Katheryn Holter's true personality shows when she competes
Humble and loveable. Sweet and mild.
That’s how Katheryn Holter might be described, until you put her in starting blocks at a track meet. It’s like wrapping a cape around Supergirl’s shoulders. That’s when the true personality comes out.
“I’ve never had a kid who is the competitor she is, that has the internal drive she has,” said St. Croix Central track coach Ben Lamb, who began his coaching career in 1998.
Holter is one of the outstanding track sprinters in the area. Her hopes to make an impact at the 2016 WIAA state track meet were shot down by a torn hamstring. But in showing her true colors, she tried to compete with the injury.
This spring, Holter has tweaked the same hamstring, but did her best to take care of the injury so she could compete at the end of the season. And she accomplished that goal. Holter was able to qualify for the 2017 Division 2 state championships in the 100 meter dash, reaching the state meet for the first time since her freshman season. She placed 11th in this year’s meet.
“It was really exciting. It was a great way to end my career,” she said.
But it wasn’t the end of her high school career. A week later, she was competing again, this time in Dubuque, Iowa. She was selected for Team Wisconsin in the annual Senior Spotlight meet which pits top track athletes from Wisconsin, Illinois and Iowa against each other. Holter competed for Team Wisconsin in the 400, 800 and sprint medley relay and her team won the championship in all three races. That success helped Team Wisconsin win the meet’s overall championship.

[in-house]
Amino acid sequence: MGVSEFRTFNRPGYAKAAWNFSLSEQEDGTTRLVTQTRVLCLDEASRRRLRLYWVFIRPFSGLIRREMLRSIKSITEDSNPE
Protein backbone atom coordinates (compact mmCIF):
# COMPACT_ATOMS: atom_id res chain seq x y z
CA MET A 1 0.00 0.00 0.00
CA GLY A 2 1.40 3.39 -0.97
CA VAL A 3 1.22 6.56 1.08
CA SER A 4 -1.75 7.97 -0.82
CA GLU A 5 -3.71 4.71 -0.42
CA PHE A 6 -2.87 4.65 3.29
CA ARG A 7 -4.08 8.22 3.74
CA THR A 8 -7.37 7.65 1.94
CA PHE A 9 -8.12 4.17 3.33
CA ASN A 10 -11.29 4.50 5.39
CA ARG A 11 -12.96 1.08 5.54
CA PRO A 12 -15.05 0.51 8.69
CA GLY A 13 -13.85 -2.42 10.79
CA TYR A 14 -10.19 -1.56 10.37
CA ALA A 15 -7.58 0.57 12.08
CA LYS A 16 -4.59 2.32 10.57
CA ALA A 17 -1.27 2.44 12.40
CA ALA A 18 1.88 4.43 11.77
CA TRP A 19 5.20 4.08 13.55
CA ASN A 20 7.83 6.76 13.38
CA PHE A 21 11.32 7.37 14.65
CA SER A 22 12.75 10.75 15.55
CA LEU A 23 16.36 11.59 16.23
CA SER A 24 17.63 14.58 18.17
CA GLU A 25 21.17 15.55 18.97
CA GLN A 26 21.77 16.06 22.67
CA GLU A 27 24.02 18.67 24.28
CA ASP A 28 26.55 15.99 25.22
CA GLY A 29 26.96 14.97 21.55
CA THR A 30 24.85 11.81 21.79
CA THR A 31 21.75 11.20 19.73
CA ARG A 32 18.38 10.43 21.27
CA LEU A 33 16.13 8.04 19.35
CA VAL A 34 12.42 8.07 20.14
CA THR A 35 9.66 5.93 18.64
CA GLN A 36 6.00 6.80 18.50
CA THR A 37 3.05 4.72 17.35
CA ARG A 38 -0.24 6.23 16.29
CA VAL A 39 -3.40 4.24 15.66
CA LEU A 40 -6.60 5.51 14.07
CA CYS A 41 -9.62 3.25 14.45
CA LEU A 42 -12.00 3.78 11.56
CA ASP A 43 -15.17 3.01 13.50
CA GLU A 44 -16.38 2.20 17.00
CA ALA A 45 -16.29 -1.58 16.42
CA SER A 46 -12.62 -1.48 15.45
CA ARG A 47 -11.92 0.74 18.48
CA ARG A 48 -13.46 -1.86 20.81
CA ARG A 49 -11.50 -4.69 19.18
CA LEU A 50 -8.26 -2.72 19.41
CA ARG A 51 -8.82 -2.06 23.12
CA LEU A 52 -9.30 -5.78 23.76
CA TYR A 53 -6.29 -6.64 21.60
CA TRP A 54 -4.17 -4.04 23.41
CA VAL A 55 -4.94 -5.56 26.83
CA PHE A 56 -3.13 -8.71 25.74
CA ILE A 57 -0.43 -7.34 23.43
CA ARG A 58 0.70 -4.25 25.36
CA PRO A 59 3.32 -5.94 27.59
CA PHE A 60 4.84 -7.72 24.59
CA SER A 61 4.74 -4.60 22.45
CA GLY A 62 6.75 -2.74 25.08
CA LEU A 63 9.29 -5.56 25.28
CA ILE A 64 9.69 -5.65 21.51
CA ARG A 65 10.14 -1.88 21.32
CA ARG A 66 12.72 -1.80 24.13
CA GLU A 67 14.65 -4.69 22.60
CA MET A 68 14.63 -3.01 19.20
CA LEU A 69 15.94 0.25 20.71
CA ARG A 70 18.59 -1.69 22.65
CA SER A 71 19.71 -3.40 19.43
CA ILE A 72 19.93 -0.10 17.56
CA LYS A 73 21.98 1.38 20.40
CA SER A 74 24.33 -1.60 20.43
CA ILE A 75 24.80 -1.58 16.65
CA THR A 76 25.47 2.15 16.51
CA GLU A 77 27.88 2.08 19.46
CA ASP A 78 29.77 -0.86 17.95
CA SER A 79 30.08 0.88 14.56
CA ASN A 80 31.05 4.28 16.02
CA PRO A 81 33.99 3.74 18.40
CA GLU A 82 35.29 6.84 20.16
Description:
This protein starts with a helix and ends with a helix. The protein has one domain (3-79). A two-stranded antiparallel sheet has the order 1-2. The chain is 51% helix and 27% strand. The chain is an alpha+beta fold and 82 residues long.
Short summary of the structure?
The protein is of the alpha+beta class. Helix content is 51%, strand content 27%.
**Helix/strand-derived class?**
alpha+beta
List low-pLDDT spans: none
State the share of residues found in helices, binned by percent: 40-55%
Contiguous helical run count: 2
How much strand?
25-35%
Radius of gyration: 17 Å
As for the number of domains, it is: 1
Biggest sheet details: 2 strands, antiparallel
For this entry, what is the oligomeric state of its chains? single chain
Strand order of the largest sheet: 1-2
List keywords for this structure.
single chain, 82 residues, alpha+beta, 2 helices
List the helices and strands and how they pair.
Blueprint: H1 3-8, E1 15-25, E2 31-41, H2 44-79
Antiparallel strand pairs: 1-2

Holter wasn’t the only Middle Border Conference athlete competing in the meet. Baldwin- Woodville discus thrower Destinee Haas also competed for Team Wisconsin.
The drive that makes Holter one of the premier track athletes in the area has also served her well in the classroom. She graduated with a 4.0 grade point average and was co-valedictorian of the St. Croix Central Class of 2017.
Dealing with her injuries has given Holter an idea of where she wants her career aspirations to go.
“I’ve always had a passion for science, genetics specifically for biology,” she explained.
But in dealing with her track injury, she said that athletic training is another career path she might follow. She said working with athletic trainers and seeing how they help high school athletes has given her another option for her career. Holter has decided to attend Carthage College, where she is planning to compete on the track team.
Holter was an extremely busy student at Central. In addition to track and basketball, she served as vice president of the National Honor Society, and she was a member of Students Offering Support (SOS). She was a member of the FBLA chapter and the high school band. Holter also enjoys outdoor activities, including hunting and fishing. And when Holter wasn’t busy in the classroom or in an athletic event, she could usually be found in the high school weight room. Central’s coaches raved about her dedication to the strength program.
“I feel who puts the time in deserves the rewards more. It’s what you put in, you deserve to get,” Holter said.
This is strong talk for the normally reserved Holter, who has let her actions do most of her talking.
“I’m a naturally quiet person. I dedicate a lot of time to athletics and academics,” she said.
She credits her parents for always reminding her to be her best, saying it has sparked her inner motivation to succeed.